Infertility is a common problem in the U.S. About 10 percent of women ages 15-44 (6.1 million) have difficulty getting pregnant or staying pregnant to deliver a healthy baby, according to the Centers for Disease Control and Prevention (CDC). And it’s not just a woman’s issue, and it’s not in her head.
One third of infertility cases are caused by women’s physiological problems, one third by men’s physiological problems, and 10 percent or more by a combination of men’s and women’s. The causes in the remaining cases are unknown.
Emotional Toll of Infertility
Struggling with infertility causes many painful emotions, including grief, guilt, anxiety and depression. When couples unexpectedly have trouble conceiving, they experience what may be their first life crisis together. Both women and men are grappling with the loss of control over their lives and the feelings of grief and frustration that accompany that. For women, the stress of fertility treatment and the side effects of fertility medications can take a huge psychological toll. One study of 488 American women who answered a standard psychological questionnaire before going through a stress reduction program found that infertility patients felt as anxious or depressed as cancer patients or patients recovering from a heart attack. Another study found that 40% of women exhibited significant symptoms of depression and anxiety at their first appointment and this number only increased as their treatment progressed and became more complicated.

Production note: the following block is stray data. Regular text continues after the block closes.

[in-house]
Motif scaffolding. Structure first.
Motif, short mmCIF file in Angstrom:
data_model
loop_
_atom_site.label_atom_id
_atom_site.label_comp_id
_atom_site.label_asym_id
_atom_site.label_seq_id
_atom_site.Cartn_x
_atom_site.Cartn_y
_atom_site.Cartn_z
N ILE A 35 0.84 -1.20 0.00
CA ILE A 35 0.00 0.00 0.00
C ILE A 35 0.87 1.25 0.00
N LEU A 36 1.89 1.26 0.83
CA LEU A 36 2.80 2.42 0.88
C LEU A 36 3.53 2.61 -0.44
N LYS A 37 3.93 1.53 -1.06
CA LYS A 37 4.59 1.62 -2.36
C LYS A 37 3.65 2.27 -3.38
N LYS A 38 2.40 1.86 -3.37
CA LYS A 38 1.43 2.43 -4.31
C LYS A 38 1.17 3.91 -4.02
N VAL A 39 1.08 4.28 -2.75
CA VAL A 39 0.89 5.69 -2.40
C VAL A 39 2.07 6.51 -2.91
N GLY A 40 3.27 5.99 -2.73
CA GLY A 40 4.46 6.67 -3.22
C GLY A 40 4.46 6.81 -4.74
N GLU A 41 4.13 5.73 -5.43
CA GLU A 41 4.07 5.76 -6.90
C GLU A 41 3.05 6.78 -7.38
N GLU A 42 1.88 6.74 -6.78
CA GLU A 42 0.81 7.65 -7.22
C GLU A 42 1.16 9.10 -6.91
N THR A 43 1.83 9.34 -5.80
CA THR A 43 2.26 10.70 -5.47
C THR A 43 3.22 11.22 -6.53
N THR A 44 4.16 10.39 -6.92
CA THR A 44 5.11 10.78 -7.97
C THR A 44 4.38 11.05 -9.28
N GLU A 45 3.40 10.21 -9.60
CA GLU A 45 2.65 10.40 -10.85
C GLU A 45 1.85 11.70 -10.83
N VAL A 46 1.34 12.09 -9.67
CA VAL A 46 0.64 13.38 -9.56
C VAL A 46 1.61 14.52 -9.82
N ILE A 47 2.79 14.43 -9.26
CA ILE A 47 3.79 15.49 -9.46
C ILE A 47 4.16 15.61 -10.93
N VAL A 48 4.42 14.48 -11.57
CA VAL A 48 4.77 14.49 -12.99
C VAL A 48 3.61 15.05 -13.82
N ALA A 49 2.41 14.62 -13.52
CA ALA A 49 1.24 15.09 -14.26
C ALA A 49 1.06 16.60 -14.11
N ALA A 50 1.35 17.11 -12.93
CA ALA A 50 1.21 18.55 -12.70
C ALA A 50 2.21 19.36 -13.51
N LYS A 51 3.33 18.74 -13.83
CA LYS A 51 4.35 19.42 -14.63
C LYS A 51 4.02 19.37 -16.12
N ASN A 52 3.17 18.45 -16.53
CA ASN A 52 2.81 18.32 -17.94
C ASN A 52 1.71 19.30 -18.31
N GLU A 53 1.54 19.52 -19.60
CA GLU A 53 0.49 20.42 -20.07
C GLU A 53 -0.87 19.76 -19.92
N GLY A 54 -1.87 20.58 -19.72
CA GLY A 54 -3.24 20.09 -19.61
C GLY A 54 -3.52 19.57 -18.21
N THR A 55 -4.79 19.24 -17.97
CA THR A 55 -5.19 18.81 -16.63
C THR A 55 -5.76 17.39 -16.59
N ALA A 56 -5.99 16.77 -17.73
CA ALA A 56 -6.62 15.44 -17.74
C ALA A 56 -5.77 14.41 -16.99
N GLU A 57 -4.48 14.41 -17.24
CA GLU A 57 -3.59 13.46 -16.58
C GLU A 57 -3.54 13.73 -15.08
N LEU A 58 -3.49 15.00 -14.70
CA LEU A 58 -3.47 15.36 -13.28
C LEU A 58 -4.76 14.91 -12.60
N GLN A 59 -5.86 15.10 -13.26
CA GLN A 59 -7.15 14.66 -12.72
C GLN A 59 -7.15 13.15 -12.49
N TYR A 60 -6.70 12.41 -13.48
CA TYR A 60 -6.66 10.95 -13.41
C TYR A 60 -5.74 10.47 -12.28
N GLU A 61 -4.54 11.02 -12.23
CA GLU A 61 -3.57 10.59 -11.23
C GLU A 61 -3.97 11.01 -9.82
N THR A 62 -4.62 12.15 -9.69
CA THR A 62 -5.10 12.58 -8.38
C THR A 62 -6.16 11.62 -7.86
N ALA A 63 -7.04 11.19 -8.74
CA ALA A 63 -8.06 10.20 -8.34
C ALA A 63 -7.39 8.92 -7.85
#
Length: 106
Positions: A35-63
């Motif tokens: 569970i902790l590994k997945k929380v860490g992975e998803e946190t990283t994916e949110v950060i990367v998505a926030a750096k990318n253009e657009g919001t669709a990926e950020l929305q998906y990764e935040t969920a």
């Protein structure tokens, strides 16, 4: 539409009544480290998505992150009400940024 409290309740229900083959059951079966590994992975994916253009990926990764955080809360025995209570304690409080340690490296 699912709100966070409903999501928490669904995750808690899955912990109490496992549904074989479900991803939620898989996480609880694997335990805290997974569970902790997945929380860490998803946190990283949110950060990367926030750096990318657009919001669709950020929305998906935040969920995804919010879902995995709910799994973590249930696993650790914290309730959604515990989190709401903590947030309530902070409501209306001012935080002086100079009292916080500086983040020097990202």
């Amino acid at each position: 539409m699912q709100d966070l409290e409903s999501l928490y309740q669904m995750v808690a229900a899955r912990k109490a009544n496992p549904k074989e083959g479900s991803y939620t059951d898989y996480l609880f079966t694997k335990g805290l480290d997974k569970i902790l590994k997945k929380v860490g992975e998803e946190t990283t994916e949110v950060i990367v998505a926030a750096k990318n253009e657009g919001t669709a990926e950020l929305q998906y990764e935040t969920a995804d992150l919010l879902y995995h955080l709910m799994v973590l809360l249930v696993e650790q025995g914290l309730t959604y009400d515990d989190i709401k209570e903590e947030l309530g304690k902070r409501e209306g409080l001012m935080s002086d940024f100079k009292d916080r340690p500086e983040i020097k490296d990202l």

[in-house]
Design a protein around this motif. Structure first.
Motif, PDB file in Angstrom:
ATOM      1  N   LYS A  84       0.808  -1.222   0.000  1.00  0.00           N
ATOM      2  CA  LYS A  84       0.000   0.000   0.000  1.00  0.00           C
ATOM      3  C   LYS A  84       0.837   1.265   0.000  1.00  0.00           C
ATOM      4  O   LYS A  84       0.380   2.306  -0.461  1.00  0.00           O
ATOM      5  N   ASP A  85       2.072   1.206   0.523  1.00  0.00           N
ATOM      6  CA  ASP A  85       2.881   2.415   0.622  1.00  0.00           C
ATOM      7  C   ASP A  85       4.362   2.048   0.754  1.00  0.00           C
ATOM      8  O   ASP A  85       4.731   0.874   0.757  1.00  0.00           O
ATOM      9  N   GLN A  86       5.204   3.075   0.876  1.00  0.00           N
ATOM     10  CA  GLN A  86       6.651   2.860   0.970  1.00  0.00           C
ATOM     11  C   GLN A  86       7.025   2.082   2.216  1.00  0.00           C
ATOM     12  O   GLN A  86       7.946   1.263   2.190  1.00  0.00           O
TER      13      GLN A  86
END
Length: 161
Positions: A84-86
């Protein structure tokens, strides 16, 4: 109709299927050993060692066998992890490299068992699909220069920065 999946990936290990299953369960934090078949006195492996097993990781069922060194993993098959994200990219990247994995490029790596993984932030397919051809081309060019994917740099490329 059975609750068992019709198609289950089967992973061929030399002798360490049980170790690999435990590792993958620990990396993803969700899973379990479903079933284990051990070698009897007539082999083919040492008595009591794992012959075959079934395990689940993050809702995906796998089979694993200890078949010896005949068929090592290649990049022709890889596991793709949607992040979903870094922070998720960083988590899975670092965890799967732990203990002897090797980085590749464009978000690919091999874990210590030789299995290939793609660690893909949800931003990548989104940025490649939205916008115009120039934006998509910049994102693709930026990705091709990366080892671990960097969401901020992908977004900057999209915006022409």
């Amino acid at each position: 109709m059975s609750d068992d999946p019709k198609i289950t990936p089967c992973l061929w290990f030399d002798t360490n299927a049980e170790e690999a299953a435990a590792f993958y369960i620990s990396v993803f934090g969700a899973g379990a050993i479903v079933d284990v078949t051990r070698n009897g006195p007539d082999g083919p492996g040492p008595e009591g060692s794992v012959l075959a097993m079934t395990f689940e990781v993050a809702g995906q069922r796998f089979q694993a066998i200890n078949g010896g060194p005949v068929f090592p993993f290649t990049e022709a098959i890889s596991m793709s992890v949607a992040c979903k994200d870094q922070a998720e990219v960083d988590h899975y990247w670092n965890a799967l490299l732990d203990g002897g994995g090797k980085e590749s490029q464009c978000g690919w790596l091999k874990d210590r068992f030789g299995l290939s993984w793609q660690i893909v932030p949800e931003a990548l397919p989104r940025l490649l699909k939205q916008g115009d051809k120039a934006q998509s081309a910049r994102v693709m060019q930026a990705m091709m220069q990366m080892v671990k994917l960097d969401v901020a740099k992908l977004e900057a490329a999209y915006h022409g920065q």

Effects on Productivity
Everyone experiences sadness or grief from time to time, but major depression is more than that. It’s a mood disorder that doesn’t go away in a few days, with symptoms such as overwhelming sadness, low energy, loss of appetite, irritability and lack of interest in things that used to be enjoyed. Depression can even lead to serious health complications and suicidal thoughts.
Depression is estimated to cost the U.S. more than $30 billion annually in lost productivity. Workers with depression reported significantly more lost productive time than workers who weren’t depressed, as shown in a 2006 study. Another study found that depression symptoms are related to work absences and impaired work performance, and that on-the-job stress can contribute to this.
Nearly 8% of Americans over age 12 have recently been depressed, but the vast majority do not get treatment. This happens for a number of reasons: lack of insurance coverage for mental health treatment, out-of-pocket cost, lack of access to mental health professionals, and stigma attached to mental illness.
If a patient is experiencing symptoms of depression, it’s important to reach out for help. There are therapists, who work with fertility patients, that can help ease the burden, even when things feel hopeless. Improving a patients quality of life while going through fertility treatment is possible.